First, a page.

Robots Are Proof Kids Are Better People

No one treats Alexa better than a four-year-old
Robots Are Proof Kids Are Better People

If there’s anyone who knows that children have purer hearts than hardened grown-ups, it’s Alexa. The cloud-based virtual assistant may take plenty of abuse from adolescents and adults, but four-year-olds treat her with a surprising amount of dignity and respect. 

Researchers from Duke University discovered this by having 127 children from the ages of 4 to 11 watch a 20-second video about Alexa and a Roomba. Afterwards, they were asked about each device, with questions like “If technology fell on the ground, would technology get hurt?” and “Does technology have feelings, like happy and sad?”

Most of the children didn’t think an Alexa or Roomba was ticklish or could feel pain if pinched, but they did generally think Alexa had emotional and mental capabilities, like being able to think on the fly or getting her feelings hurt. They also thought it was wrong to hit or yell at either machine. “Even without a body, young children think the Alexa has emotions and a mind,” lead author Teresa Flanagan explained. “And it’s not that they think every technology has emotions and minds — they don’t think the Roomba does — so it’s something special about the Alexa’s ability to communicate verbally.”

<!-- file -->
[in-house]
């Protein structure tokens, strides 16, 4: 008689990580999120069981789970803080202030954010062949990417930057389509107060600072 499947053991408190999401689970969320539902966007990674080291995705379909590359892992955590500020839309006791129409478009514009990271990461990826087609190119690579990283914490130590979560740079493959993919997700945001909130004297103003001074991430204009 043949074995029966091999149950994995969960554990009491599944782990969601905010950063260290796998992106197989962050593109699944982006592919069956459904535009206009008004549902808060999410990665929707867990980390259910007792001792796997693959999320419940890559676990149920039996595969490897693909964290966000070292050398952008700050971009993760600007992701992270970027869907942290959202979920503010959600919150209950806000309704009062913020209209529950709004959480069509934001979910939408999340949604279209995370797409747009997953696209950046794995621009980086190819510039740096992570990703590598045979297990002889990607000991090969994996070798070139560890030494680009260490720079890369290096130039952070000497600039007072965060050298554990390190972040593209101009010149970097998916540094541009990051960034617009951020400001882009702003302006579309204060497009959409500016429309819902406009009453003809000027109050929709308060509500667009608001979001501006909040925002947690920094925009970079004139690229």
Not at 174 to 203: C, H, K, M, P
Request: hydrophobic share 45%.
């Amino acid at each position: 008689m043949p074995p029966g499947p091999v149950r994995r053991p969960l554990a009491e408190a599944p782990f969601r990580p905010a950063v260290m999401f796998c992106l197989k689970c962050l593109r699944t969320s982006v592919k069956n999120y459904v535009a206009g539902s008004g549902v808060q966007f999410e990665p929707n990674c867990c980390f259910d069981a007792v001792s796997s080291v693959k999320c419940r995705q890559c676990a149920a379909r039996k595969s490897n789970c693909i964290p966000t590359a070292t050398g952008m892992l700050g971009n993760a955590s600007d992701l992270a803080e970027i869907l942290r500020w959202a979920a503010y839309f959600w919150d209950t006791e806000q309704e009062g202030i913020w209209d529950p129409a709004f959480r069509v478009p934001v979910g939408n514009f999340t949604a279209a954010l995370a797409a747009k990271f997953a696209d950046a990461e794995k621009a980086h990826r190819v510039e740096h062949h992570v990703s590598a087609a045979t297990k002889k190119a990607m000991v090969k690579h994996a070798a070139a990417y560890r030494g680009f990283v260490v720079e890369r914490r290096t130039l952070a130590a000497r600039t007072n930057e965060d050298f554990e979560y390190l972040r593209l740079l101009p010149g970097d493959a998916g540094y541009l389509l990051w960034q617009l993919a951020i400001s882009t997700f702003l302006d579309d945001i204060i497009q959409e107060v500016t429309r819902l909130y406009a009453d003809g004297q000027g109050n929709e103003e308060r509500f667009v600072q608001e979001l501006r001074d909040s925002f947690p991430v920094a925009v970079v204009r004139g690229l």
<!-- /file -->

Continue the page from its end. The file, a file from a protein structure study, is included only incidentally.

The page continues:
The bad news is, kids tend to outgrow this. “Four- and five-year-olds seem to think you don’t have the freedom to make a moral violation, like attacking someone,” Flanagan added. “But as they get older, they seem to think it’s not great, but you do have the freedom to do it.”

By the time they reached the age of 10, it was hard to tell if they thought it was wrong to yell at technology because it might malfunction or because of a moral obligation. For instance, one 10-year-old reported that it wasn’t okay to yell at technology because, “the microphone sensors might break if you yell too loudly.”

Basically, the findings suggest that human beings don’t start off as belligerent rage monsters who want to throw their phones across the room and occasionally punch a computer — we grow into that. 

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